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Genderlect Styles. A “Cross-Cultural” Communication. The creator. Deborah Tannen is an American Academic and professor of Linguistics at Georgetown University in Washington D.C.

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genderlect styles
Genderlect Styles


“Cross-Cultural” Communication

the creator
The creator
  • Deborah Tannen is an American Academic and professor of Linguistics at Georgetown University in Washington D.C.
  • She began research when she did a microanalysis of six friends during a two-and-a-half-hour dinner conversation at Thanksgiving.
  • The focus of the theory is interpersonal relationships.
the basics
The basics
  • Genderlect was NOT coined by Tannen, but it encompasses her theory very well.
  • Genderlect is a term suggesting that masculine and feminine styles of discourse are best viewed as two distinct cultural dialects.
  • Tannen describes that conversation between men and women is much like a communication gap between cultures, however, we do not know we will encounter it.
  • Tannen explains that the messages between men and women are seen as alien, threatening, “different words from different worlds”, and the same terms, but “tuned to different frequencies”.
when harry met sally
When harry met sally
  • Despite Tannen’scitings of dialogues from several movies, most students studying the theory refer to the movie When Harry Met Sally as a great example for the theory.
  • This scene shows Harry and Sally at their first stop on their 18-hour long road trip from the University of Chicago to New York. Harry is dating Sally’s friend, Amanda.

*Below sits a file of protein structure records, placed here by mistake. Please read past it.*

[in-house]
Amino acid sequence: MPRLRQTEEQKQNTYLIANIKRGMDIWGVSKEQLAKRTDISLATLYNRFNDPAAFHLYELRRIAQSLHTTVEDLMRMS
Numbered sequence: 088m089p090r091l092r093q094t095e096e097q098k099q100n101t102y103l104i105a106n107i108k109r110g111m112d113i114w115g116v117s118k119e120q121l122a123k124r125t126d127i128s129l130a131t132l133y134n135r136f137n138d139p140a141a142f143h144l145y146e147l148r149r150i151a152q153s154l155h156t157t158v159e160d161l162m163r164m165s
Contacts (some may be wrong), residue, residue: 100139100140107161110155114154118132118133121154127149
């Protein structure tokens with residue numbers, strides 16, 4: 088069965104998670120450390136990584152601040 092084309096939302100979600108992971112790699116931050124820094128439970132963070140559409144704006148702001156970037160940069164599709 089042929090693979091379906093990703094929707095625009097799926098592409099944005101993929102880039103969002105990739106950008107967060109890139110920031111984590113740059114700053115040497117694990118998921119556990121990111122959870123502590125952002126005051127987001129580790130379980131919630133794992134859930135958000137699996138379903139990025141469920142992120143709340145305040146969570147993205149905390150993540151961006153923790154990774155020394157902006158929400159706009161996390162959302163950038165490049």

• Restaurant scene
  • This scene shows Harry and Sally meeting five years later on an airplane. Harry surprises Sally saying he is engaged. She approves, but their conversation proves they still have different trains of thought.
    • Airplane scene
  • Harry may see Sally as a member of Mr. Roger’s Neighborhood and Sally may see Harry as coming from Planet of the Apes.
connection vs status
Connection vs. status
  • Women seek connection in conversation.
  • From the movie:
    • Sally is sad because Harry says that men and women can’t be friends.
    • Sally is also shocked because Harry ends by saying that sex in the end of intimacy rather than a beginning to a relationship.
    • Harry is implying that a true, non-intimate relationship with a male is impossible.
connection vs status cont
Connection vs. status (cont.)
  • Men are concerned primarily with status.
  • They are always hard at work to preserve their position in the hierarchy.
  • From the movie:
    • Harry is urging Sally to ignore her friendship with Amanda and accept his pass.
    • Harry initiates conversation, starts to argue, talks the most and loves the last word.
  • A woman’s desire for intimacy threatens the male independence and his need to be one up.
  • Tannen states that sometimes men want intimacy and women want power also, but it isn’t always possible.
rapport vs report
Rapport vs. report
  • Rapport talk– Typical conversation style of women, which seeks to establish a connection with others
  • Report talk – Typical monologue style of men, which seeks to command attention, convey information, and win arguments.
  • In order to state that women focus on intimacy and men focus on power, Tannenanalysizes conversations between men and women.
  • Tannen focuses on speakers from feminine cultures and masculine cultures to identify their core values.
  • The linguistic differences between the two verifies her statement.
private speaking vs public speaking
Private speaking vs. public speaking
  • According to folk wisdom, women talk more than men do.
  • Throughout the movie When Harry Met Sally, Sally continues to try to make a connection with Harry. Her rapport style of speaking transfers well in private.